The key tests of the trial were to improve passenger satisfaction without impacting easyJet's ability to deliver industry leading punctuality or adding cost - all of which were achieved on trial flights, it said.
Chief executive Carolyn McCall (pictured below) added: "This is an example of easyJet trying to do all it can to make travel easy and affordable for our passengers.
"Our customers asked us to trial allocated seating and we are really pleased with the positive passenger feedback during the trial. As importantly, we have shown that we can do so while delivering strong on time performance - the most important driver of passenger satisfaction."
On trial flights, the majority of passengers were allocated seats when they checked in, with the most popular being those near the front for swift exit on arrival and the exit row seats with extra legroom.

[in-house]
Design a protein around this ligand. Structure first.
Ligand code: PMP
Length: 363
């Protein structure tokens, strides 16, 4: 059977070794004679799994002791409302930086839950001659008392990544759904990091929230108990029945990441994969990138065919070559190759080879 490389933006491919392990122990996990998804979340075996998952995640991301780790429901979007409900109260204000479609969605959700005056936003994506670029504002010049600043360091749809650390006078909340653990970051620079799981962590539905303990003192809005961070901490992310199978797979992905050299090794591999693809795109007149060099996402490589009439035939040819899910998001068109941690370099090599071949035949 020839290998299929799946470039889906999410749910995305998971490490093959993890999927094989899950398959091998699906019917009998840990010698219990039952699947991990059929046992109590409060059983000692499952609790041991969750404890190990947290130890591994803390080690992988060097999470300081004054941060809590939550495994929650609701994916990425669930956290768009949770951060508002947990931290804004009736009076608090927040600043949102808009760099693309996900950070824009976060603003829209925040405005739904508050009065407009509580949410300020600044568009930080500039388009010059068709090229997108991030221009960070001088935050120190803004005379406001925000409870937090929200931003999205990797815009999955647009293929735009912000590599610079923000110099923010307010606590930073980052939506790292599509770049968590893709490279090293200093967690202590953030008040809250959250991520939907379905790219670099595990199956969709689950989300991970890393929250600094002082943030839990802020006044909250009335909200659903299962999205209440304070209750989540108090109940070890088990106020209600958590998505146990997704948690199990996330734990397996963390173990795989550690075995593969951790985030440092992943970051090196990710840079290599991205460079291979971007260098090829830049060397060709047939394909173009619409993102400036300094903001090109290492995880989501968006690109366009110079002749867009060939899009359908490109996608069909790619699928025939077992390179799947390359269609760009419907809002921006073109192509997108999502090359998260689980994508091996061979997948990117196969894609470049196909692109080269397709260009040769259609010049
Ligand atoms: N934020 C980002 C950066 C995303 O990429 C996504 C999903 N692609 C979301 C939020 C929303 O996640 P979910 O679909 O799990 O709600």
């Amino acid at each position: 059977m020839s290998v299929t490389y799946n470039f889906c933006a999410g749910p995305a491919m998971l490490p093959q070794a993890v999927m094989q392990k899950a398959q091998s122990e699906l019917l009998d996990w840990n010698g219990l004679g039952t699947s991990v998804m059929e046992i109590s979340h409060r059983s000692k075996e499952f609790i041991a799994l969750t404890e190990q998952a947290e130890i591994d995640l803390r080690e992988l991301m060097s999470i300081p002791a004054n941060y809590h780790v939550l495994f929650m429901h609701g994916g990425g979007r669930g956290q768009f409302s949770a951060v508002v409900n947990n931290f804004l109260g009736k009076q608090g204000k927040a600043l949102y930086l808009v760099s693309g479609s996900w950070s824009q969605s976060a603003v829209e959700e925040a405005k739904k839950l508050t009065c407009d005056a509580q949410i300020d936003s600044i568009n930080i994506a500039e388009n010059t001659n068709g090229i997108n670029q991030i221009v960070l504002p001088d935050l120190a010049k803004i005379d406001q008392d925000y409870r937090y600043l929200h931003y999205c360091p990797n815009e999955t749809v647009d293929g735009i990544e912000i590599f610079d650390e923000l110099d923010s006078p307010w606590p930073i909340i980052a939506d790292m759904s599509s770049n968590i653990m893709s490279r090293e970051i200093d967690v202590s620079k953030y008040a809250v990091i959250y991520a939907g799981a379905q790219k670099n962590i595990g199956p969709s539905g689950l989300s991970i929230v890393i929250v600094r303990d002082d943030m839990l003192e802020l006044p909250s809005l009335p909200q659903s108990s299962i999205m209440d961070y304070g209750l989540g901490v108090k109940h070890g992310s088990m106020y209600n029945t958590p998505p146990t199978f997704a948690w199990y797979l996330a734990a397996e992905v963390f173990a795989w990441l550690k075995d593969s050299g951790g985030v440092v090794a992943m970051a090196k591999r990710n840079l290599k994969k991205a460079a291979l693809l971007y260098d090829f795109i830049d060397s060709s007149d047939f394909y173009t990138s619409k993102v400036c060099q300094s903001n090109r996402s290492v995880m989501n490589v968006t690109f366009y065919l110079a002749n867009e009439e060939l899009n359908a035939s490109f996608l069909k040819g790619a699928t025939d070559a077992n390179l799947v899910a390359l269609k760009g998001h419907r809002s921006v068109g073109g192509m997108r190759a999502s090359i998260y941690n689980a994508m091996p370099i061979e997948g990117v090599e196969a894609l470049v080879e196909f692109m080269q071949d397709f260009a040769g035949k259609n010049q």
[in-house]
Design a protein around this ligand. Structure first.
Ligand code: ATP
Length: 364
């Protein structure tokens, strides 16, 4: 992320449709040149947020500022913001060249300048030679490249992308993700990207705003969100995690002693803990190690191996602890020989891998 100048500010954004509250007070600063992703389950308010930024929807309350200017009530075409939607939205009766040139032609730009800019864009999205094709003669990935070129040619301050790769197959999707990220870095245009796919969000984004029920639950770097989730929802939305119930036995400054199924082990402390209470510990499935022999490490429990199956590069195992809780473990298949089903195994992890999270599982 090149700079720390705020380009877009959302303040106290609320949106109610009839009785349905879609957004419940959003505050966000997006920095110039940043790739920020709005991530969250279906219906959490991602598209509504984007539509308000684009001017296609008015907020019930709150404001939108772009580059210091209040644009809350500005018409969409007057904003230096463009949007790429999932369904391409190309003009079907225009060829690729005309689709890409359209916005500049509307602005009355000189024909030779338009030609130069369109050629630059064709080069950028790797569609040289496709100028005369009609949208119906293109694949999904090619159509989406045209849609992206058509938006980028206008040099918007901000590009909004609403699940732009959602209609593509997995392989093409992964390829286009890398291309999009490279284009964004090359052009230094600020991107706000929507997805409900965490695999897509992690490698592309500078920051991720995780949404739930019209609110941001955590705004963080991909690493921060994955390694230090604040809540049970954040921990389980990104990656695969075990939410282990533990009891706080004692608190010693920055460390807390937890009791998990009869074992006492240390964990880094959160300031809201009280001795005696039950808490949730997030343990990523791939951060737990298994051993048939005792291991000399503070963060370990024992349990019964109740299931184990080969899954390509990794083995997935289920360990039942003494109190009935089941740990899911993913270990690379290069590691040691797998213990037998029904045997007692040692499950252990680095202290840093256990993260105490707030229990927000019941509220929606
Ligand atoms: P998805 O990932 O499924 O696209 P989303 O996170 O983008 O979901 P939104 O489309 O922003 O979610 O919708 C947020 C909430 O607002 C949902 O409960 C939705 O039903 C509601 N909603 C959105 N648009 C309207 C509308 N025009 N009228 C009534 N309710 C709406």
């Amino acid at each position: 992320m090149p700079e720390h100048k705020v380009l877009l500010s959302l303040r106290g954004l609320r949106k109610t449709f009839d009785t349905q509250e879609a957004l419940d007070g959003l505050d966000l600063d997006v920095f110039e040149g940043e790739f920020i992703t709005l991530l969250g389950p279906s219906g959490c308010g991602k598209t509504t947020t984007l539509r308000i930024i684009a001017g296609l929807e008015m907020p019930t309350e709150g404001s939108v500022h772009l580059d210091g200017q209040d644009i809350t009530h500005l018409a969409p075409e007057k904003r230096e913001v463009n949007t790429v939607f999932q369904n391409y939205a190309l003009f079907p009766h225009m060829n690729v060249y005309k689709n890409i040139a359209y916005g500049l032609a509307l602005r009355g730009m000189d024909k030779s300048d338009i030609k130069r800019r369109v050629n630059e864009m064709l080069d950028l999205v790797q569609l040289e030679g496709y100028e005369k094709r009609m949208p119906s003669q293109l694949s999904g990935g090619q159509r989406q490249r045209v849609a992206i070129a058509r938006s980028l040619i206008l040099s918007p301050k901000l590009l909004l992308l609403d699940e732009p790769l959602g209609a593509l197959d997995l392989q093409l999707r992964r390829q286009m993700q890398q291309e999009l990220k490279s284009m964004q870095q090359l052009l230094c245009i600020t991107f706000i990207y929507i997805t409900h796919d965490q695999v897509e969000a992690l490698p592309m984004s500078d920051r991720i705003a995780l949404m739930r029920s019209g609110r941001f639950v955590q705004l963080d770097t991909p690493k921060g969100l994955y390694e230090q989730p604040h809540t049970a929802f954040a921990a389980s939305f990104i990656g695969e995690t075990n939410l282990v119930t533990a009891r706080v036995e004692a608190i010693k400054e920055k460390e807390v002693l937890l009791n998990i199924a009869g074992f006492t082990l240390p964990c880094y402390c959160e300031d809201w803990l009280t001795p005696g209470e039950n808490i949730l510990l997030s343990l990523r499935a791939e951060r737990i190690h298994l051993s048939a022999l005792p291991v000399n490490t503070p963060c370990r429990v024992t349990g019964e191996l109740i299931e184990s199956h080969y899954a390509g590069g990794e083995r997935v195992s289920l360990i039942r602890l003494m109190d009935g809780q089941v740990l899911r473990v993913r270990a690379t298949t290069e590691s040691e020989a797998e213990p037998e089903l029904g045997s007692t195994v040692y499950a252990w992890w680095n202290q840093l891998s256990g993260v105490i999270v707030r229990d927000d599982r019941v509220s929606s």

"We are confident this move will make our current passengers happier when flying with easyJet and will attract new passengers to fly with us in future," added McCall.
Allocated seating will continue on trial flights and the service will be rolled out across the network, starting from November 13. To select a specific seat number, passengers will have to pay £3 for a standard seat, £8 for Upfront seats (rows two to five or six), and £12 for extra leg room seats.
Passengers who don't pay to select a seat will be allocated one free of charge. Passengers travelling on the same booking will be seated together wherever possible, said the airline.
Some interesting facts emerged from the trial flights:
- On shorter journeys seat 6A was the best seller while on longer flights it was 1A
- On shorter journeys seat 16B was the least popular while it was 19B on longer flights
- Passengers preferred seats on the left hand side of the plane with seats A, B and C outselling D, E and F
EasyJet plus! annual cardholders and Flexi Fare customers will be able to select a seat free of charge. Passengers buying Upfront or Extra Legroom seats will be first to board.